NBA: Boston Celtics at Toronto Raptors
Kyle Lowry and Kawhi Leonard Tom Szczerbowski-USA TODAY Sports
The Raptors can’t give Kawhi the keys to their offense until he becomes a more consistent passer. The good news for them is that passing is a skill that can be developed. Kawhi doesn’t need to be as instinctive a passer as Lowry. He attracts so much defensive attention that he only has to execute basic passes to create open shots for his teammates, while Toronto puts enough 3-point shooting around him (it is ninth in the NBA in 3-point attempts per game this season) to keep the defense honest. Kawhi doesn’t have to navigate through swarms of defenders to find the open man, and his positive assist-to-turnover ratio this season (1.6:1) shows that he can be a good decision-maker. The biggest thing is working on his mind-set, and trusting that the ball will come back to him for an even better shot after he gives it up the first time.
The Raptors are clearly making an effort to turn Kawhi into more of a passer. His assist averages have risen every month since bottoming out in December at 2.6 per game. He averaged 3.9 in January and 4.2 in February. The really encouraging part is that his turnover numbers have remained constant in that time, at either 2.0 or 2.1 per game. There’s no point in Kawhi passing the ball more if he’s spraying the ball around the court. The goal should be to streamline the offense by turning him into a point forward who creates either a high-percentage 2 for himself or an open 3 for one of his teammates every time he touches the ball.
The Spurs didn’t need Kawhi to be as much of a playmaker. He came into the league as a 3-and-D wing, and gradually expanded his offensive game to become a primary scorer. They surrounded him with so many high-level playmakers that he could focus on playing defense and scoring, and trust everyone else to keep the ball moving and stay involved in the flow of the offense. San Antonio was no. 1 in assists when it won the championship in 2013-14, and he was the Finals MVP while averaging only two assists per game in the series. Kawhi has progressed a lot as a player over the past five seasons. His problem is that the league has progressed even more.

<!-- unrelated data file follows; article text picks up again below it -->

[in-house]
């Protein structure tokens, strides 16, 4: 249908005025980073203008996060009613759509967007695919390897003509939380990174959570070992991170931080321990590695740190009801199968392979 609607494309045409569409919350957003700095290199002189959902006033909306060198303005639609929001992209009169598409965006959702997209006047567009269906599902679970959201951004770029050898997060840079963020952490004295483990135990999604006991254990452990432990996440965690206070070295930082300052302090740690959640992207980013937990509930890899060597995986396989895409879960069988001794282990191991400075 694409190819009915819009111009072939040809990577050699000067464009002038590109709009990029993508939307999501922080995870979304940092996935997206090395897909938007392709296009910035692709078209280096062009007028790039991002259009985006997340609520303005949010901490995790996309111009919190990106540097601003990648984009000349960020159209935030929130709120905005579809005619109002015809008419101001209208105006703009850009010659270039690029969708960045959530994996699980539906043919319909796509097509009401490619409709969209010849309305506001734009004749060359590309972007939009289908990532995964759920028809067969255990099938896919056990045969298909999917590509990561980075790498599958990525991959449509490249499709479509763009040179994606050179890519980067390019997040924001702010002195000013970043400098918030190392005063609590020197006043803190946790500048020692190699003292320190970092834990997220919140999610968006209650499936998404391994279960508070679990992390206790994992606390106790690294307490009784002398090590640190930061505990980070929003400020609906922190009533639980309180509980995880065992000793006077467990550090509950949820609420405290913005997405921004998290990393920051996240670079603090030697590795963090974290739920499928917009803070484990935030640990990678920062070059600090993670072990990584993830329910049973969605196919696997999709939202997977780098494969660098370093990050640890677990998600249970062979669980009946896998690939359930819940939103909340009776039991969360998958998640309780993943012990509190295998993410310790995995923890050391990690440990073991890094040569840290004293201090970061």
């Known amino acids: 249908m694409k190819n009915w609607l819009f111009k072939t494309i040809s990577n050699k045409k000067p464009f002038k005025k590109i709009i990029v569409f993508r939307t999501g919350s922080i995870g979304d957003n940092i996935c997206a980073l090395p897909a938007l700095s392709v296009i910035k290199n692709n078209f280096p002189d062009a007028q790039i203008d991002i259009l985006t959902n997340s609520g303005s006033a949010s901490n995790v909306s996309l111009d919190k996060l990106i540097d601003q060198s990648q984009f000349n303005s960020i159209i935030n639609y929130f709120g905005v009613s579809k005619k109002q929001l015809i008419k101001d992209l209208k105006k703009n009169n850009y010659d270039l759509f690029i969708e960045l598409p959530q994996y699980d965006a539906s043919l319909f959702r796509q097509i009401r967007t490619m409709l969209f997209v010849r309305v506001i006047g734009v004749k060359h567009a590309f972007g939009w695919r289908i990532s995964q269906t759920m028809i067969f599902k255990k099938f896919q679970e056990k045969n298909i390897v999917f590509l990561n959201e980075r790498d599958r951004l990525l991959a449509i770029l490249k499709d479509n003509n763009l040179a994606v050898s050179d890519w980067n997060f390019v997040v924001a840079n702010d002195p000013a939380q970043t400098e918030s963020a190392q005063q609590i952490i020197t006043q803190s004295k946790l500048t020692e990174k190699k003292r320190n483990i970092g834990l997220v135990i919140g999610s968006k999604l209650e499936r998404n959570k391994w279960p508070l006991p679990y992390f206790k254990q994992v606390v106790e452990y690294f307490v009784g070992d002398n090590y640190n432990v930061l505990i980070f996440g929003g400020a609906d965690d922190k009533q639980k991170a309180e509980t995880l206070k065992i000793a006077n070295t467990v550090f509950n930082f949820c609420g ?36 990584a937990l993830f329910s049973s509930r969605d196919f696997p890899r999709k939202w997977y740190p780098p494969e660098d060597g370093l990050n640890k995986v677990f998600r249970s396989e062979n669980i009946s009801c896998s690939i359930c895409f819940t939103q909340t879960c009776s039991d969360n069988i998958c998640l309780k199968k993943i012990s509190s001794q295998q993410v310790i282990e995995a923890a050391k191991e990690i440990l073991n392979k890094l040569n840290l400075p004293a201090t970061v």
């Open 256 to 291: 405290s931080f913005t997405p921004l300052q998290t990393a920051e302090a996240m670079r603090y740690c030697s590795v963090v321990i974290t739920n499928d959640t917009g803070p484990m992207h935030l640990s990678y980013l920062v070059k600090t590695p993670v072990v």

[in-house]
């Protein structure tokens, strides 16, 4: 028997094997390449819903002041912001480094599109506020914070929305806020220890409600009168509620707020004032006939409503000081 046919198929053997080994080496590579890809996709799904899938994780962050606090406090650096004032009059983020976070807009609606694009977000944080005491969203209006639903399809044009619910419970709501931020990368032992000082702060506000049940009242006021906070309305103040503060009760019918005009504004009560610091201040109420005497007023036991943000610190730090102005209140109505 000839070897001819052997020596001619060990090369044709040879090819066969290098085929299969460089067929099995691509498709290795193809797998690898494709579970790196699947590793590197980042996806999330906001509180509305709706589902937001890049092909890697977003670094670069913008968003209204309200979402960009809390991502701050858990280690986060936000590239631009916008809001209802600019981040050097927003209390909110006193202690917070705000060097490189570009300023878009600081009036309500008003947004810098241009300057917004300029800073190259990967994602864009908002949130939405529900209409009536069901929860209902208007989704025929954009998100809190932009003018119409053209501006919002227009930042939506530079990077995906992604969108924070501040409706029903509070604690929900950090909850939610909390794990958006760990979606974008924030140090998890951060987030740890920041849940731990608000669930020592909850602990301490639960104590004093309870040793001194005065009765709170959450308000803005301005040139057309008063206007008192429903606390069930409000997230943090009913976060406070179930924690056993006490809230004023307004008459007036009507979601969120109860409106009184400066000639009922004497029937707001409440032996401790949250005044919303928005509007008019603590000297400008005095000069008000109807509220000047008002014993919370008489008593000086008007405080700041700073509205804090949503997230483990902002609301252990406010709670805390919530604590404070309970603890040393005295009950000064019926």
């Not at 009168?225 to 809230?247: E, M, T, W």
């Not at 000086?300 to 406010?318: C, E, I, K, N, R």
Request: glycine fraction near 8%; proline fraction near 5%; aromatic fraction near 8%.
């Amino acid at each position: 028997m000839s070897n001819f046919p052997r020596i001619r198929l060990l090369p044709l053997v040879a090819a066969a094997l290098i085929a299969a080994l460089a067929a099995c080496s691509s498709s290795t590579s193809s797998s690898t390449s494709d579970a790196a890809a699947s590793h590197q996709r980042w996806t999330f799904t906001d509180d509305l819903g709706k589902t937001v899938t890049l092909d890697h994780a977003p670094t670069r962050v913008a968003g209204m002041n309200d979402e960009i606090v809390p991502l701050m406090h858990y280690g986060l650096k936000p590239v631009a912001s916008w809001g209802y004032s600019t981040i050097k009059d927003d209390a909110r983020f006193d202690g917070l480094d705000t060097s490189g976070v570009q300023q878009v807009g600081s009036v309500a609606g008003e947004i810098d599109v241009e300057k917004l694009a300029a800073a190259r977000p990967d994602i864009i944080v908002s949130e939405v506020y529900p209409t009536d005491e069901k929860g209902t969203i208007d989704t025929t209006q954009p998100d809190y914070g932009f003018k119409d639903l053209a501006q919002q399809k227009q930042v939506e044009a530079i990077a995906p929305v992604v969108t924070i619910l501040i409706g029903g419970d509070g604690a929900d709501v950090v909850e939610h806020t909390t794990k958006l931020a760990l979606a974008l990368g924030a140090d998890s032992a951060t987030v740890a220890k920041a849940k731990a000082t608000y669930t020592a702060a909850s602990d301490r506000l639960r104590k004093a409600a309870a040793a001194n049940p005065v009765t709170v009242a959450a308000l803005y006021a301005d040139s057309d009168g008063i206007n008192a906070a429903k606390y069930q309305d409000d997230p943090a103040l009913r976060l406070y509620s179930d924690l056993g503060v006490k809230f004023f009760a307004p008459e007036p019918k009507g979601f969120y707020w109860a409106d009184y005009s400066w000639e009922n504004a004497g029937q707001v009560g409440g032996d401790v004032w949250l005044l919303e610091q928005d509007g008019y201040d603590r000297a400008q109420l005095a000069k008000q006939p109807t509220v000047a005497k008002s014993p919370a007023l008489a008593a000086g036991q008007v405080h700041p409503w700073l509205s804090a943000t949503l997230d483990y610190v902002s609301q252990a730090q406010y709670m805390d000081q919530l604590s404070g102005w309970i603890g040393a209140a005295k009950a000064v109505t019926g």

To put the game in perspective, Anunoby had a game score of 11.2 for the game. It was just the eighth time in 53 games that he has reached into double figures in that stat that is used by Basketball Reference and gives a rough measure of a player’s productivity for a single game.
The eye test, watching Anunoby bounce from one defensive assignment to another with impact was far more impressive a measure of the man than any stat was on this night.
At 6-foot-8 and a chiselled 235 pounds and as athletic as he is, Anunoby, even in games when the three-pointer isn’t falling for him should have a large impact on the game. He had that Sunday.
It was felt particularly in the second half when he and Pascal Siakam shared the floor switching off on Griffin and basically reducing him to ordinary in the final two frames and the overtime.
Nurse has by times this year been sympathetic to Anunoby’s off-court issues and at other times demanding of more of him on the court.
It’s a fine balance with a young man who has been dealing with some rather big off-court life issues this season.
Right now Nurse likes what he is seeing.
“Listen we have talked about him the past few weeks and one of the things we talked about was him just getting on the glass,” Nurse said. “Let’s get on the glass and play hard and do some athletic things that we know you can do and should be able to do every night. I think that gets him going. He gets his hands on a ball, he gets a big tip-in, he’s diving, he was really defending well whether he was guarding a big guy or a small guy. Just playing with tremendous energy. When you’re that athletic and that strong and you do that, a lot of good things are going to happen.”